Developer for wind farm off Kitty Hawk to be picked in early 2017

Federal officials expect to select a developer in the first half of next year to build an offshore wind farm off Kitty Hawk, a major step in the long process of vetting and erecting giant spinning turbines in the Atlantic Ocean.

Officials from the U.S. Bureau of Ocean Energy Management, who oversee the leasing of federal waters, presented an update of the selection process Tuesday in Raleigh. They plan to hold a public information session at Jennette’s Pier in Nags Head on Wednesday.

The sessions are part of a preliminary review of a triangular area off the Outer Banks measuring 191 square miles and identified last year by BOEM as suitable for offshore wind farm development. As the Oct. 17 deadline to submit public comments approaches, BOEM officials say that only three public comments had been submitted as of last week, but many more are expected to arrive in the coming three weeks.

“We’re on the cusp of something new here,” said Jim Bennett, BOEM’s program manager in the Office of Renewable Energy Programs.

“We have steel in the ground,” Bennett said, referring to the Atlantic Ocean’s first offshore wind farm, the Block Island Wind Farm off Rhode Island, which is now in final testing. Its five turbines are expected to start generating power soon.

The wind energy project off North Carolina could have several hundred turbines. The proposed area is 24 nautical miles, or 27.6 statute miles, from shore at its nearest point.

BOEM officials said the bidding to lease the federal parcel will start at $244,800. Bidding to secure other federal leases in the Atlantic Ocean has reached several million dollars. So far, only the Block Island project has been completed.

A developer building off Kitty Hawk also would have to pay $367,215 a year in rent until the project is built, at which point the wind farm would switch to paying the federal government an annual operating fee based on its power output and on wholesale electricity costs. BOEM officials said the operating fee could be $1.4 million for a 500 megawatt project.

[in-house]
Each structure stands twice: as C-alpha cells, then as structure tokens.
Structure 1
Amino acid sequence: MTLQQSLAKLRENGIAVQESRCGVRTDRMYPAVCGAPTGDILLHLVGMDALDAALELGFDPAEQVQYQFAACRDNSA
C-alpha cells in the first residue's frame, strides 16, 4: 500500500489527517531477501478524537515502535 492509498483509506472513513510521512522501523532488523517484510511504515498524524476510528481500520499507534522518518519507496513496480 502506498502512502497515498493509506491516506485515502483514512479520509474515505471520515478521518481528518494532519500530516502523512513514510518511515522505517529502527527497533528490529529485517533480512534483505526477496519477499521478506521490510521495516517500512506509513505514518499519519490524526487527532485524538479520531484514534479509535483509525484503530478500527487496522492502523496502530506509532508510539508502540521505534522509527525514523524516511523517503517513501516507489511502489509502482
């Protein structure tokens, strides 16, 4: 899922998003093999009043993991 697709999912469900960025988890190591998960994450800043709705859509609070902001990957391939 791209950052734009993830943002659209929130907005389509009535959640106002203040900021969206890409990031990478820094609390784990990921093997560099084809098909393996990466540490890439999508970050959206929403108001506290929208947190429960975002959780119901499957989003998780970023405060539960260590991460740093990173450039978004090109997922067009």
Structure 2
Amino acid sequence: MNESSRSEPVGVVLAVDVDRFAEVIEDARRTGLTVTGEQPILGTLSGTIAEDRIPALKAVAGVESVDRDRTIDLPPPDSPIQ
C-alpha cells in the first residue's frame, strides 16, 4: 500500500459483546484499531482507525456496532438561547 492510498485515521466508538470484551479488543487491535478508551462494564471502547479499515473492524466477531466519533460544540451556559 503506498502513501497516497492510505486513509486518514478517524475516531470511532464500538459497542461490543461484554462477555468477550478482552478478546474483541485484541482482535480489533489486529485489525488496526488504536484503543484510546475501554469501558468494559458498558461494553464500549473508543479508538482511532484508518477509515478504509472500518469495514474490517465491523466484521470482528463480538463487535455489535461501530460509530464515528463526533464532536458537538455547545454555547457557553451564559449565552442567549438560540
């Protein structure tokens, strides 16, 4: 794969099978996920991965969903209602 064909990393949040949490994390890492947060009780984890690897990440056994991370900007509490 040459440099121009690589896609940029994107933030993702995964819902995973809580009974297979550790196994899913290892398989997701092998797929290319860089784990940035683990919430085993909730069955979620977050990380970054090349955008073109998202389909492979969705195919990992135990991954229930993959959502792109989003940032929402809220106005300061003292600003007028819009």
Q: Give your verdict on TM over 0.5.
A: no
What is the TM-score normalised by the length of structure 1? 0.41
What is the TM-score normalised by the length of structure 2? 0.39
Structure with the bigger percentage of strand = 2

BOEM has awarded 13 commercial leases along the East Coast between Virginia and New England. One of those, the Cape Wind project in Nantucket Sound off Cape Cod, has been mired in lawsuits and is not expected to go forward.

The parcel selection process off North Carolina started about six years ago. From the time the lease is awarded next year, it could take the developer anywhere from five to 10 years to build the wind farm as the project goes through various stages of review.

NC ranks 2nd in solar

North Carolina ranks second in the U.S. for solar energy capacity after a huge number of installations last year, an industry report says.

The Solar Energy Industries Association says the state had 2,295 megawatts of solar capacity at mid-year. Half that was installed in 2015, when solar developers raced to build projects before state tax credits for 35 percent of their cost expired.

North Carolina passed Arizona for second place. Both trail far behind California, which has nearly 14,000 megawatts of solar capacity and installed 3,200 megawatts last year.

The federal government projects that renewable energy, which includes solar, wind and hydroelectric plants, will generate 23 percent of the nation’s electricity by 2025 compared to 13 percent in 2015.

Bruce Henderson, Charlotte Observer